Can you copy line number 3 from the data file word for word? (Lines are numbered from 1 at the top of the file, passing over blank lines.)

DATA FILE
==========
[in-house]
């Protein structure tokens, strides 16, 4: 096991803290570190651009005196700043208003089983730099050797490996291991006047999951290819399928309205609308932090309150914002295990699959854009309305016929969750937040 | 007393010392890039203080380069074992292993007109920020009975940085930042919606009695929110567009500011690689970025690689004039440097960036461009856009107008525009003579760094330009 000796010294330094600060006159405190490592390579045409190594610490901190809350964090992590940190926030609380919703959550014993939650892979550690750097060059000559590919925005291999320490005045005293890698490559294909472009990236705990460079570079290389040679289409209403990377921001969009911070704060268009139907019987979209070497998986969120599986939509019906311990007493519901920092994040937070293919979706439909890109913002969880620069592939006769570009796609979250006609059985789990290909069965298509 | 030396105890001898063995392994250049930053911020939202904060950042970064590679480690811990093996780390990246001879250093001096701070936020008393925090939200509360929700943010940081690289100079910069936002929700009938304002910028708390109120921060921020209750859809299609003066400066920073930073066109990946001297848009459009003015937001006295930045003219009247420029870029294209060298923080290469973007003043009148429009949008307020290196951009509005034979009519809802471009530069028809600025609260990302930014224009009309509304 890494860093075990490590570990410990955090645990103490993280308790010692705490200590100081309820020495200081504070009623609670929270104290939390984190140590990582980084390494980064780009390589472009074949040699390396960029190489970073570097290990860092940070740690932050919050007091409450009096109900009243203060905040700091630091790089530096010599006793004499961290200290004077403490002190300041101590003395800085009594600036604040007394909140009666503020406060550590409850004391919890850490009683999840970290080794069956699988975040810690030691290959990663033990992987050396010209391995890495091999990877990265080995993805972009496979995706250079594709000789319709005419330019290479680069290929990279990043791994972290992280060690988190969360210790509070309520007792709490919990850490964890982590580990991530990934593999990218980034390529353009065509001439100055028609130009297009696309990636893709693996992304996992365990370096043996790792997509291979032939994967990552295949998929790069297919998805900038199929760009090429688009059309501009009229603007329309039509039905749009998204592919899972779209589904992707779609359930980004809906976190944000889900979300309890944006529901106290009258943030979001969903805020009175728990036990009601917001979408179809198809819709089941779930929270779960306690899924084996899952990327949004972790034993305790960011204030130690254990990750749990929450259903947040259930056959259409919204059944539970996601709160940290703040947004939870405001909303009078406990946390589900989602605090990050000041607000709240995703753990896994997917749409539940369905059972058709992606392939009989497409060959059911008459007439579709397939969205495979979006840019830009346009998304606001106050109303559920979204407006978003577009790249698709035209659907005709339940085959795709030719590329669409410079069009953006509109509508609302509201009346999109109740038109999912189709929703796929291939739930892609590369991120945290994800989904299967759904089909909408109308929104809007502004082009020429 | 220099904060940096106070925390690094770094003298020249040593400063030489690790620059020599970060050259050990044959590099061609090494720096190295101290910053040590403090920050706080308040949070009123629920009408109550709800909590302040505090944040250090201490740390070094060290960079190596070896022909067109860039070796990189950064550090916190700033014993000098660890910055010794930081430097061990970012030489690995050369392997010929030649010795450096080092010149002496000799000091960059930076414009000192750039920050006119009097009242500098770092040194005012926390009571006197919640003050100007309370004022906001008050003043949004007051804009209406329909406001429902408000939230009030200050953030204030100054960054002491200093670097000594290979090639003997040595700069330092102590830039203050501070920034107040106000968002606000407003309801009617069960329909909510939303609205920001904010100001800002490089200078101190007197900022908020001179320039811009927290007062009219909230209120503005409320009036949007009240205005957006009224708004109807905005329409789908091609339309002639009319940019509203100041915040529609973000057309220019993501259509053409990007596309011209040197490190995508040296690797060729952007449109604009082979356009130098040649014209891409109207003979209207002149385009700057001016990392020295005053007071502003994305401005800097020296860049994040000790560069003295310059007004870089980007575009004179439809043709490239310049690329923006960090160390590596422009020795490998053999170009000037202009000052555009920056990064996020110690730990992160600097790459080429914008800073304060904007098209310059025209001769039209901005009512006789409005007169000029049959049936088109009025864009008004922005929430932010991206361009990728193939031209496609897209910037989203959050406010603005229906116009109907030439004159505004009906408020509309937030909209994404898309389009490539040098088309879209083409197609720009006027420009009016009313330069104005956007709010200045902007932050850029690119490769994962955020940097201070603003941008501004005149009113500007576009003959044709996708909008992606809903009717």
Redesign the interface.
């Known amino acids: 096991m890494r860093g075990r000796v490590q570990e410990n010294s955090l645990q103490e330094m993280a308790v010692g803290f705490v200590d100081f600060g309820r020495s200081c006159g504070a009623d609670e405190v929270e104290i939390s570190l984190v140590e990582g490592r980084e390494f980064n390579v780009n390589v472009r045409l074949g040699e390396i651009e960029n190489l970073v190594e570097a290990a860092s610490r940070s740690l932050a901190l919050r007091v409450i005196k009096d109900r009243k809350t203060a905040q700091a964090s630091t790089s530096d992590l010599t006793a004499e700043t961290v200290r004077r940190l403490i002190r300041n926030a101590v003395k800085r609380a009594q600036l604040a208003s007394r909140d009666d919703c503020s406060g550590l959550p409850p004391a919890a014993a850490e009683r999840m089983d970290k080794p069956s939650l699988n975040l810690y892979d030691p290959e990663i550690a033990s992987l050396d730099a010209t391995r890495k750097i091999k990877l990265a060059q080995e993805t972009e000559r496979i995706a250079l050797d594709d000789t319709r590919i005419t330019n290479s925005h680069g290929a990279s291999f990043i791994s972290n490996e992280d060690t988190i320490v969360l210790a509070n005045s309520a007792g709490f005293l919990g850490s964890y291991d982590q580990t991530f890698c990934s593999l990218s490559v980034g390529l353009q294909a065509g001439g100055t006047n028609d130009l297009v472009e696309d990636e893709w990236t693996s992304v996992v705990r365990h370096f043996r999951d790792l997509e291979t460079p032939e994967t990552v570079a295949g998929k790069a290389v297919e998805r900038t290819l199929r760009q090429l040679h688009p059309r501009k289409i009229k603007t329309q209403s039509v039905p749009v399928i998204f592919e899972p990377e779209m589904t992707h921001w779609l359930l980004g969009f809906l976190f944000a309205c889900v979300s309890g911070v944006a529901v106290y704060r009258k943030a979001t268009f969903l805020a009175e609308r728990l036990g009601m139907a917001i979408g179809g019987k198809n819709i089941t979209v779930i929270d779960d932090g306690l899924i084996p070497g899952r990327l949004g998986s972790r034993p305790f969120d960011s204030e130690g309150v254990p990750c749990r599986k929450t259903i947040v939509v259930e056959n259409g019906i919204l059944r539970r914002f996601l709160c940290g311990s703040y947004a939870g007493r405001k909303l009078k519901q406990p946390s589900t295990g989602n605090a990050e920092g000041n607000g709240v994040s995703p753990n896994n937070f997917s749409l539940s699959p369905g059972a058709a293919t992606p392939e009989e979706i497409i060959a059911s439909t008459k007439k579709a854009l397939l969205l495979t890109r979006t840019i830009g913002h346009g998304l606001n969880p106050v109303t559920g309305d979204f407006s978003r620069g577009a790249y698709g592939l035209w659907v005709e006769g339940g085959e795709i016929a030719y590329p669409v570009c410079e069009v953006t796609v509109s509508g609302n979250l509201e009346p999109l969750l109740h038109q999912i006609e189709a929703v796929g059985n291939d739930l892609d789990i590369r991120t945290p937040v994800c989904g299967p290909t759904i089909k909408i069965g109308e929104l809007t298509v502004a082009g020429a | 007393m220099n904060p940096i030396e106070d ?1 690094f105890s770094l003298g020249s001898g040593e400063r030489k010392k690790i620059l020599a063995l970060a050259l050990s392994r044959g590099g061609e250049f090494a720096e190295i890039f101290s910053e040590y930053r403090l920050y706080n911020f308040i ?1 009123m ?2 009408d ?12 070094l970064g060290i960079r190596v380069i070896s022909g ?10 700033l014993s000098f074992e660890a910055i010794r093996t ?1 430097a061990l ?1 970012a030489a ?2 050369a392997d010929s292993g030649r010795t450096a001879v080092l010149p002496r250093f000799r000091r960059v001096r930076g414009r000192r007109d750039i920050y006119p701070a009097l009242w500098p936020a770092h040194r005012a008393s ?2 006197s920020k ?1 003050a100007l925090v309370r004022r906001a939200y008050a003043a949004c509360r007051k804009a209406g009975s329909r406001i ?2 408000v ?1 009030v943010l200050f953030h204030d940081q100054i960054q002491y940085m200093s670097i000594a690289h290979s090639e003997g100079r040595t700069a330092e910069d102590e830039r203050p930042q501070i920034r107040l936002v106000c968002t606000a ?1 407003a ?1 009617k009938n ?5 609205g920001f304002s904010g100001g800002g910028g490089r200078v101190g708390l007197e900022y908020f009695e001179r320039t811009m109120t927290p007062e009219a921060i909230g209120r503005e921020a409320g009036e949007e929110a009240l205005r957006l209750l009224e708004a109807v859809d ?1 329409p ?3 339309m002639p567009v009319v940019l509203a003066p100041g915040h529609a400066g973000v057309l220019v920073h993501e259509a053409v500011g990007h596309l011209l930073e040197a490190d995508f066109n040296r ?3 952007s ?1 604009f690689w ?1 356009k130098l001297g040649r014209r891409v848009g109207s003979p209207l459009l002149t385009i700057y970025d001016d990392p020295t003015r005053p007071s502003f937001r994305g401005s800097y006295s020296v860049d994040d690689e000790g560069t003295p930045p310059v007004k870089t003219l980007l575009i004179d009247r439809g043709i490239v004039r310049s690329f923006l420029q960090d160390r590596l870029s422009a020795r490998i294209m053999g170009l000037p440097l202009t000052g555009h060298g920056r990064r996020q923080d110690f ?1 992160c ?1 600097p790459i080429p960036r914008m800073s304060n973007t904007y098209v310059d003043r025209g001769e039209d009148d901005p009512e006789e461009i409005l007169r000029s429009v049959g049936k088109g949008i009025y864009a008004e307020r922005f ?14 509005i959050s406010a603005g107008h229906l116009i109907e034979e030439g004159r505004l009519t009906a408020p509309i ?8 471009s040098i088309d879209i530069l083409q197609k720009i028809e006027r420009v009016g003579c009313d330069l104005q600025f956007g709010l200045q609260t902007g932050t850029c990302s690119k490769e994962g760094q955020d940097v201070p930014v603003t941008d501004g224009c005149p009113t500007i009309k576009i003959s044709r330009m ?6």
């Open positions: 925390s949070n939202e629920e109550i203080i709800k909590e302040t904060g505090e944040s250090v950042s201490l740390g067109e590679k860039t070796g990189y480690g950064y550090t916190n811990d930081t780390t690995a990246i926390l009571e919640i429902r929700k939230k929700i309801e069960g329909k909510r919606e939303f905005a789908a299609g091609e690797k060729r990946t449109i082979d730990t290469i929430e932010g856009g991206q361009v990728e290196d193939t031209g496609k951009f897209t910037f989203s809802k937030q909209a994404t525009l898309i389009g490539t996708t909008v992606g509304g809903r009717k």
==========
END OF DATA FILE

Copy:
Redesign the interface.